A Seer Speaks…

*

“There are three worlds which we can seen while we are still in the body:

the earth-world, the mid-world and the sky-world.

The shining beings belong to the mid-world,

while the opalescent beings belong to the sky-world.

*

I cannot decide whether or not the life and state of these beings

is superior to the life and state of maknind.

They themselves are certainly more beautiful,

and their worlds seem to be more beautiful than our own world.

*

Among the shining beings there does not appear to be any individualised life.

If one of them raises a hand they all raise their hand.

If one drinks from a fire-fountain, they all do likewise.

They seem to move and have their existence in a being other than themselves

for which they act as a sort of body.

*

Theirs is a collective life and so calm

that we might have more varied thoughts

in five hours than they would have in five years,

yet one feels an extraordinary purity and exaltation about their existence.

*

Beauty of form has with them never been broken up by the passions

which arise in the developed egotism of human beings.

*

Some of the tribes of these shining beings

seem to be little more than one being

manifesting in many beautiful forms.

*

Among the opalescent beings in the sky-world,

there is an even closer spiritual unity,

but also a much greater individuality.”

– Seeing the Unseen

 

 

 

 

A Thousand Miles of History XVI: The house of the raven…

Sue Vincent's Daily Echo

We could have chosen to visit Chysauster, that being the biggest and best preserved of the ancient settlements in the area, but that very fact means it is more likely to be full of people… and it was the lives of our ancestors, rather than those of our modern siblings that drew us. Carn Euny, on the other hand, although it is only a few miles from St Just, is about as far off the beaten track as you could wish. Narrow Cornish lanes lead to even narrower lanes… and finally onto tracks that look as if few vehicles ever use them, and even fewer should. Perfect. So, to a litany of ‘are we there yet’ and ‘we’re in the middle of nowhere again’, we headed in search of mystery.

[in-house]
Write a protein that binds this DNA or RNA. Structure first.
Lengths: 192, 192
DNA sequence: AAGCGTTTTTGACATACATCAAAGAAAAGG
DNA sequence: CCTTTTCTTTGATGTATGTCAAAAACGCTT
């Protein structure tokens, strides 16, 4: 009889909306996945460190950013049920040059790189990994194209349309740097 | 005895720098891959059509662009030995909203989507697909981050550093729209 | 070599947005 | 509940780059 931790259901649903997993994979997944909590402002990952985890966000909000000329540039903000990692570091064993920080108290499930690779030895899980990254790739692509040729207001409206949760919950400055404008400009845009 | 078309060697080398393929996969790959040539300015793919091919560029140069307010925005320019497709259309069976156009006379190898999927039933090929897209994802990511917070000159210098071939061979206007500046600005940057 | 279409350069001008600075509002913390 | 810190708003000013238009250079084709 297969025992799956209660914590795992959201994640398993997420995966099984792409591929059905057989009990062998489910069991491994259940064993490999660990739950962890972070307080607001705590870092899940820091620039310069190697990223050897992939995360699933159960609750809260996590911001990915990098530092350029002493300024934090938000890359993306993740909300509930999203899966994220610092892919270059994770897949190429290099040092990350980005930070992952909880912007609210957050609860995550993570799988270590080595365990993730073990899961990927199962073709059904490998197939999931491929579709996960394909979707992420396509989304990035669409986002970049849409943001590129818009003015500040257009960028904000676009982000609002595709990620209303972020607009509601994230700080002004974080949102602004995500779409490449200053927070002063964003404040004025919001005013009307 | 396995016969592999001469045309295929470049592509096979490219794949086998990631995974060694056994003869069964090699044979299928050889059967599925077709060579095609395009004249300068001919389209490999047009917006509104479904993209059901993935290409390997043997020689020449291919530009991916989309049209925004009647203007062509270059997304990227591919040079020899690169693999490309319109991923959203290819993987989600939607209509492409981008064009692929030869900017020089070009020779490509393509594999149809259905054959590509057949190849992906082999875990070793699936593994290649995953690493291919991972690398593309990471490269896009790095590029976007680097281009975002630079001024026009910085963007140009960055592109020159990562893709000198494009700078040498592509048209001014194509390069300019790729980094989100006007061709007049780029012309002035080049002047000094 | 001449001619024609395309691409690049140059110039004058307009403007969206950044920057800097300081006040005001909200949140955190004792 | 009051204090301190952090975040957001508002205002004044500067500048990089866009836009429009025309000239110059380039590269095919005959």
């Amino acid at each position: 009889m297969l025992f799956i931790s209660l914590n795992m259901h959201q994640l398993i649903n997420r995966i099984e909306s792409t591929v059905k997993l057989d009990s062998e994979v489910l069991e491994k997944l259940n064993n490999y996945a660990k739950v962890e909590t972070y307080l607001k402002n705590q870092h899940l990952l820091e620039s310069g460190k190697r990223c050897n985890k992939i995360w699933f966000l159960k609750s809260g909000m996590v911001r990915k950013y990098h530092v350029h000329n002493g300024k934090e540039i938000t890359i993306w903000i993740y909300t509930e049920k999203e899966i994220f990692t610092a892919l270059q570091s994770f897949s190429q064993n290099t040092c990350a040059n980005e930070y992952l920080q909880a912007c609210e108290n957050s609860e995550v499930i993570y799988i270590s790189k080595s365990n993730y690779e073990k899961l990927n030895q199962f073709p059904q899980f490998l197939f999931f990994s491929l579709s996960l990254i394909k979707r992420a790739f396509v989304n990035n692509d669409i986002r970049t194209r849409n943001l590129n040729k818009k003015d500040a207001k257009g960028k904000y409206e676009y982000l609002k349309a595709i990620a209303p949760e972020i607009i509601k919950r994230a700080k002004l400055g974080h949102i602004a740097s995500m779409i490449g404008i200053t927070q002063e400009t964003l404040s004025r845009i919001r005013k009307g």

By the time we actually were in the middle of nowhere, we knew there could have been no more…

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Wayland: The White Horse…

The Silent Eye

*

But according to some, Wayland has far more onerous

responsibilities than shoeing the horses of passing way farers…

*

A group of local lads were enjoying a drink

one evening at the White Horse Inn, Woolstone,

when an unknown man wearing old fashioned garb

entered and ordered a pint of the local beverage.

*

He wore a leather apron, a tall hat,

and he took his drink and sat

to one side of the ale-house by himself…

*

After awhile the sound of a horn rang out

and could be heard

echoing eerily through the vale…

*

Startled from his reverie by the horn,

the stranger leapt to his feet and hobbled

out into the night, his pint unfinished.

*

As the uncanny sound faded over the downs

the locals looked out and up to the hillside

to find that the White Horse was gone!

*

When dawn broke…

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Seeing the Unseen…

 

*

“There is a distinction between images seen in the ‘memory of nature’,

and the vision of actual beings now existent in the inner world.

Just as one may close one’s eyes and see a vivid picture memory

in the mind’s eye, or, one may look and see actual images with the physical eyes.

When seeing these inner beings the physical eyes may be open or shut

but if open these beings are not seen with the physical eyes.

*

It is comparatively easy to see while at ancient monuments

because such places are naturally charged with psychical forces

and were for that reason made use of long ago and deemed sacred.

*

The inner beings fall into two classes; those which shine,

and those which are opalescent and appear lit from within.

It is very difficult to intelligbly describe either class of being.

*

The first time I saw the shining beings I was lying on a hillside.

I was listening to the music of the air and to what seemed to be the sound of bells

and was trying to understand the aerial clashing in which each gust of wind seemed to

break upon another with an ever changing, silvery sound.

Then the space before me grew luminous

and I saw one beautiful shining being after another.

*

The first opalescent being I saw, there was initially just a dazzle of light,

and then I realised that this light came from the heart

of a tall figure seemingly made of air.

Throughout the transparent body ran a radiant, electrical fire

of which the heart seemed central.

Around the head and through the waving luminous hair

which was blown about the body like living strands of gold,

there appeared flaming wings like auras.

Light seemed to stream outwards from all directions

and the effect of this vision left an extraordinary lightness, and ecstatic joy, of being.”

– A Seer Speaks

 

 

 

 

A Thousand Miles of History XV: Under one roof…

Sue Vincent's Daily Echo